“Once in a golden hour I cast to earth a seed. Up there came a flower, the people said, a weed.”

Alfred Lord Tennyson

Whether you know me personally or not, you might have certain preconceptions of who I am. If you know me currently or knew me from our respective past, your conjecture of who I am might but might not be more realistic. If you know me only from my written word, you could imagine me in another more speculative fashion. Or the thought of who I am is inconsequential to you beyond the binary code of O’s and 1’s and that is just fine too.

Looking across our diverse societies today I am finding that we are generally a more polarized people than ever before. Now, I was not around during the McCarthy era of the early 1950’s to judge or compare that time to the present, but I am alarmingly concerned with the social order I observe today. I see this heightened state of separateness harming us immensely. For example, debates rage concerning a woman’s right to choose or the states. Regarding faith, a believer or an atheist? Clinton or Trump, Democrat or Republican? Are you pro NRA or against? Is global warming real or bad science? Do Black Lives Matter to you or do All Lives Matter? It is a veritable ideological mine field today.

But ever since Adam and Eve we have had differences of opinion. Today however, the oratory of opposition has often become toxic and respect has vanished. When one sides with a liberal, the conservative is apoplectic and gauges the opponent as having an IQ under 70, and just so no one thinks I am aligning politically one way or another, and vice versa too! There is no clearer example of this than to observe the blood sport called Primary Season in the USA. Whether it is Cruz vs. Trump, Clinton vs. Trump or even Trump vs. Trump (yes I jest on this last one), not only are the daggers out amongst the electoral gladiators but amongst their respective devotees as well.

And oftentimes is gets very personal. What would you think of me if I were to back someone who you never thought I would (or should in YOUR opinion) and a candidate you could never support like Hillary Clinton? It wasn’t so long ago that I ceased being friends with someone whose political taste was too much for me to handle – and I am not talking about an extremist position at all! I was very wrong then. Should the support of a political candidate call into question one’s judgement, their mental capacity or the values of that person? I myself have been called out for not supporting a political party and prime minister here in Canada. I can only imagine the upshot for some on a decision about getting a tattoo.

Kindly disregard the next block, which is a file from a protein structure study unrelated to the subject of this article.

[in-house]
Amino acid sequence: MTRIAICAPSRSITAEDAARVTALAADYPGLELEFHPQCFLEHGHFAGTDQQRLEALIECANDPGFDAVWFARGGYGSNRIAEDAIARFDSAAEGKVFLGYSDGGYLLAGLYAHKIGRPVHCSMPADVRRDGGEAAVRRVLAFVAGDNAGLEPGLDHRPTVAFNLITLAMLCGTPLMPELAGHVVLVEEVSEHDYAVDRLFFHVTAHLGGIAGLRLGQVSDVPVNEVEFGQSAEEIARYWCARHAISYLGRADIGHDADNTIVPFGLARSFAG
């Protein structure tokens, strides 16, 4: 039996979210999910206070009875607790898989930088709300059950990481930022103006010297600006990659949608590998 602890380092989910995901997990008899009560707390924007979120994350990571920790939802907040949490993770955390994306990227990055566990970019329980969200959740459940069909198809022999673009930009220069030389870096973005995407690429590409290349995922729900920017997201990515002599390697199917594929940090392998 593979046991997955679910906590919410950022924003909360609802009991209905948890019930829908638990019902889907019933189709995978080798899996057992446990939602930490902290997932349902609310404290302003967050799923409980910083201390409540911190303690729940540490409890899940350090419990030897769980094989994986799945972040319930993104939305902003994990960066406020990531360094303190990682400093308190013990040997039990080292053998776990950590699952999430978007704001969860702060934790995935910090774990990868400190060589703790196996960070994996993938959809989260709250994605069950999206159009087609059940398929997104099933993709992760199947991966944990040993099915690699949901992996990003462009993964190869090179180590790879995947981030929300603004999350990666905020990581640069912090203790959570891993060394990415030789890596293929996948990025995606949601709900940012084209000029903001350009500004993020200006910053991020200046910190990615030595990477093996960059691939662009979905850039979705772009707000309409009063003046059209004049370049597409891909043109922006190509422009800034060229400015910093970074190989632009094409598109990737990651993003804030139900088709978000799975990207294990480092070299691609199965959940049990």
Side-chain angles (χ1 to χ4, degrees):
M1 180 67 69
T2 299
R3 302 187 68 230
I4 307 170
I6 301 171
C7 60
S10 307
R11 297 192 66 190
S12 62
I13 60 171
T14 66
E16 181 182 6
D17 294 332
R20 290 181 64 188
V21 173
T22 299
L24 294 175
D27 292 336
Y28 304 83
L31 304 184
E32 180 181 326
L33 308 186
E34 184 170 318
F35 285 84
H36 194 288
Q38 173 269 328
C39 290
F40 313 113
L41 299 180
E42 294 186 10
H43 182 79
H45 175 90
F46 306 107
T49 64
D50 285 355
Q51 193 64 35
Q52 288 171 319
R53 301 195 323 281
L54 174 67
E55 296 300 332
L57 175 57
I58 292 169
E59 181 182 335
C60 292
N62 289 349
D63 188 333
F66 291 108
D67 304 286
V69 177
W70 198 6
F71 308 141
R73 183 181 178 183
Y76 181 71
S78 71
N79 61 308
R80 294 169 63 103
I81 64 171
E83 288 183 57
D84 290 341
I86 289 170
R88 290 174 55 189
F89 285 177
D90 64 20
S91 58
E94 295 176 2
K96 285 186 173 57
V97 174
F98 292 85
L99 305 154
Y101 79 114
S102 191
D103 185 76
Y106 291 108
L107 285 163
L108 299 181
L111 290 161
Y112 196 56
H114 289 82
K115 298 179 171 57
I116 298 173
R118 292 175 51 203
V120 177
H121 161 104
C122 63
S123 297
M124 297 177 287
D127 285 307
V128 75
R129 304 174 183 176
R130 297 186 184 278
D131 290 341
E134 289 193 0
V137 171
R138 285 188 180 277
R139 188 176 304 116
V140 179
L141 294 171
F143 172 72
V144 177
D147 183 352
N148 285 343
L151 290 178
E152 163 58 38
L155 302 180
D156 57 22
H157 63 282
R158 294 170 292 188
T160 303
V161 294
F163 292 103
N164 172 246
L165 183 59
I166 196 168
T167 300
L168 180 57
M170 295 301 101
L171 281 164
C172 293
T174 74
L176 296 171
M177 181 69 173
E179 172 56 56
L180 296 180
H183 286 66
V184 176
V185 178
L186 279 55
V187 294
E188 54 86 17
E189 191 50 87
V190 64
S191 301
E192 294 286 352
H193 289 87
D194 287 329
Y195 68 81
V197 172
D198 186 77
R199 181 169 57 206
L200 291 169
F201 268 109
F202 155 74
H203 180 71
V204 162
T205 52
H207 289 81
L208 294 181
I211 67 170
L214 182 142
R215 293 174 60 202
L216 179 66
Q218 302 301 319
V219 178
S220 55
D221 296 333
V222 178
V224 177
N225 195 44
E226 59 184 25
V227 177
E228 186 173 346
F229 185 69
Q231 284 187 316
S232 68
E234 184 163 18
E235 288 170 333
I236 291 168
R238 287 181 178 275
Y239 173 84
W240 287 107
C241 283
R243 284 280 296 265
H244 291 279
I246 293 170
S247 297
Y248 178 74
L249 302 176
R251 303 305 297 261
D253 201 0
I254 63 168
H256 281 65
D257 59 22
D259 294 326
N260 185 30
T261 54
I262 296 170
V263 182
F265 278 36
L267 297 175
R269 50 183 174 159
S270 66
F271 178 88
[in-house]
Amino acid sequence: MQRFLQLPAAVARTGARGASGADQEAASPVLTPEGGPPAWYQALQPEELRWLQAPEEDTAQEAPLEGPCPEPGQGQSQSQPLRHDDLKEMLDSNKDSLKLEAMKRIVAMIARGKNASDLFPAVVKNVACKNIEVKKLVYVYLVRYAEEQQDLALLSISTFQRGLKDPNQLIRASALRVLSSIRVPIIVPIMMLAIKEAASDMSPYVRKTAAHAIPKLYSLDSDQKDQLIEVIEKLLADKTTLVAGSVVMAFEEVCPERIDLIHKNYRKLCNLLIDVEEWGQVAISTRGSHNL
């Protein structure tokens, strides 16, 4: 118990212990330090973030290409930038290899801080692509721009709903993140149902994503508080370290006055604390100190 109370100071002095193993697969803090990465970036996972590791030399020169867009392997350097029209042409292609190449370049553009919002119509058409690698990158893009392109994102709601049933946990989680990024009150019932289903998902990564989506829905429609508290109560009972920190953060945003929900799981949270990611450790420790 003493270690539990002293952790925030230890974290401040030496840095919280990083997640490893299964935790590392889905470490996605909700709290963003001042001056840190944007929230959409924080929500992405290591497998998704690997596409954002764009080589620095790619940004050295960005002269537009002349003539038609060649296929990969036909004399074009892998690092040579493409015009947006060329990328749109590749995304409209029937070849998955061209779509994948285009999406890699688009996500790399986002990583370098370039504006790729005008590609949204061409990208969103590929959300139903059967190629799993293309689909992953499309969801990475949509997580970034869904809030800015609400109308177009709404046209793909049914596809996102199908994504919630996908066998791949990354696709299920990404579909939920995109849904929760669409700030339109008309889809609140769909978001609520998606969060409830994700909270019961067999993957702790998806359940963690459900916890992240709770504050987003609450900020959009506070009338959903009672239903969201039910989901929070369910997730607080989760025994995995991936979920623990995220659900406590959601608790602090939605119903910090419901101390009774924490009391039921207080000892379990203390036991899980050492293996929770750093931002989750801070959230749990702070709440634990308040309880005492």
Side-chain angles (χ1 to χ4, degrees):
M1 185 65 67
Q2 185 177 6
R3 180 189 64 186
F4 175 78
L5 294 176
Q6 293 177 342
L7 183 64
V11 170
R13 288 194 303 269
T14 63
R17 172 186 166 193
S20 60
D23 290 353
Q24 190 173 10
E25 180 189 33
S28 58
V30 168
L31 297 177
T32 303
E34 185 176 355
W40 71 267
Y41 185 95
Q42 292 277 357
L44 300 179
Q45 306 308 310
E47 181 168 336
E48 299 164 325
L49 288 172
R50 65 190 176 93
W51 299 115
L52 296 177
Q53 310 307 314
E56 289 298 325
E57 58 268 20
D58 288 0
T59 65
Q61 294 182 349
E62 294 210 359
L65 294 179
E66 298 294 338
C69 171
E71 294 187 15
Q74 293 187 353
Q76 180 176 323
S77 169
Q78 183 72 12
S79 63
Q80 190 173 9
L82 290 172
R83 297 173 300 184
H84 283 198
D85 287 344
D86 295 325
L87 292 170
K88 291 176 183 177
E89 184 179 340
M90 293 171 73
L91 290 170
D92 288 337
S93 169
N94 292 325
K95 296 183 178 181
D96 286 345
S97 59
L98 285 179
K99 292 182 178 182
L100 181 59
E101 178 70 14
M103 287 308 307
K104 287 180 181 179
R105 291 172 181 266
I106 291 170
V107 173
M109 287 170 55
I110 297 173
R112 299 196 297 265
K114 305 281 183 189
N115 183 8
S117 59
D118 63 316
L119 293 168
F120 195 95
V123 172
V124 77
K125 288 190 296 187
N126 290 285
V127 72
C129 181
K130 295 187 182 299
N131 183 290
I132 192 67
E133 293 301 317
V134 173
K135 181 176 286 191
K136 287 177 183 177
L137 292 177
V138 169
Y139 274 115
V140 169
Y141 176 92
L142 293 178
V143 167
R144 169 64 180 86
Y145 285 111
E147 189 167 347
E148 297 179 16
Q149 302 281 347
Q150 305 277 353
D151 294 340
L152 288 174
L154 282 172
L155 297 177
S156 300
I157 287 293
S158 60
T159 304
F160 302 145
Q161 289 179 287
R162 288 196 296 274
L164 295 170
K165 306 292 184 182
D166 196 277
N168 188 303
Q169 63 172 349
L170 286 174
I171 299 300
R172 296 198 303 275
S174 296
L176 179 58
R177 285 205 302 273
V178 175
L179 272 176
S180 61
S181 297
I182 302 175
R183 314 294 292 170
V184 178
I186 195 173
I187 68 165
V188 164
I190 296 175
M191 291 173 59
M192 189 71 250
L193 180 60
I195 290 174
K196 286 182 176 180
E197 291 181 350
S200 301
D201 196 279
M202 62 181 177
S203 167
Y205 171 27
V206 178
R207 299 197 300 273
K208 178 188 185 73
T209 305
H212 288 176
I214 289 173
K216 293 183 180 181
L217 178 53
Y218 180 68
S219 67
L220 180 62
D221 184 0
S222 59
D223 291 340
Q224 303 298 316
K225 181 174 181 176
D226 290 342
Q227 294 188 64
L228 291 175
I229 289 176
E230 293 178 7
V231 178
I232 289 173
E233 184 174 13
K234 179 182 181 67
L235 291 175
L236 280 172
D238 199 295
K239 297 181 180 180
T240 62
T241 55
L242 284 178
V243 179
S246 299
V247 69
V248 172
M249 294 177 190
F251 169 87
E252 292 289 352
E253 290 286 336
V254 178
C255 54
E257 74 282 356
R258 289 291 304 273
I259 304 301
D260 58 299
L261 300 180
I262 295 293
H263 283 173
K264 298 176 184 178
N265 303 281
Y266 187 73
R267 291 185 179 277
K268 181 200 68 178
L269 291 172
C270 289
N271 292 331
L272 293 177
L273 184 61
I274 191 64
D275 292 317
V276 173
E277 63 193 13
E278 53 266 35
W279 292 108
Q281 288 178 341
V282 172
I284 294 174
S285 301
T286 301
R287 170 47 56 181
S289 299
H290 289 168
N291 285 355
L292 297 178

I wish we could just stop judging one another. You have not walked in my shoes. I have not walked in yours. I have never been stopped by the police because of the colour of my skin. I can’t imagine what that is like and I won’t blame the supporters of Black Lives Matter for saying enough is enough. I may question their tactics at times but not their frustration with the status quo.

I seek answers to our collective separateness and how as citizens of the world we can move beyond it. The real issue is why can’t we try and see another person’s perspective with respect, understanding and in some cases empathy? And if we are still so bothered by an individual’s choice of political leadership, or a personal preference we can’t comprehend, then I suggest the issue is yours to own.

 “Too often we enjoy the comfort of opinion without the discomfort of thought.” John F. Kennedy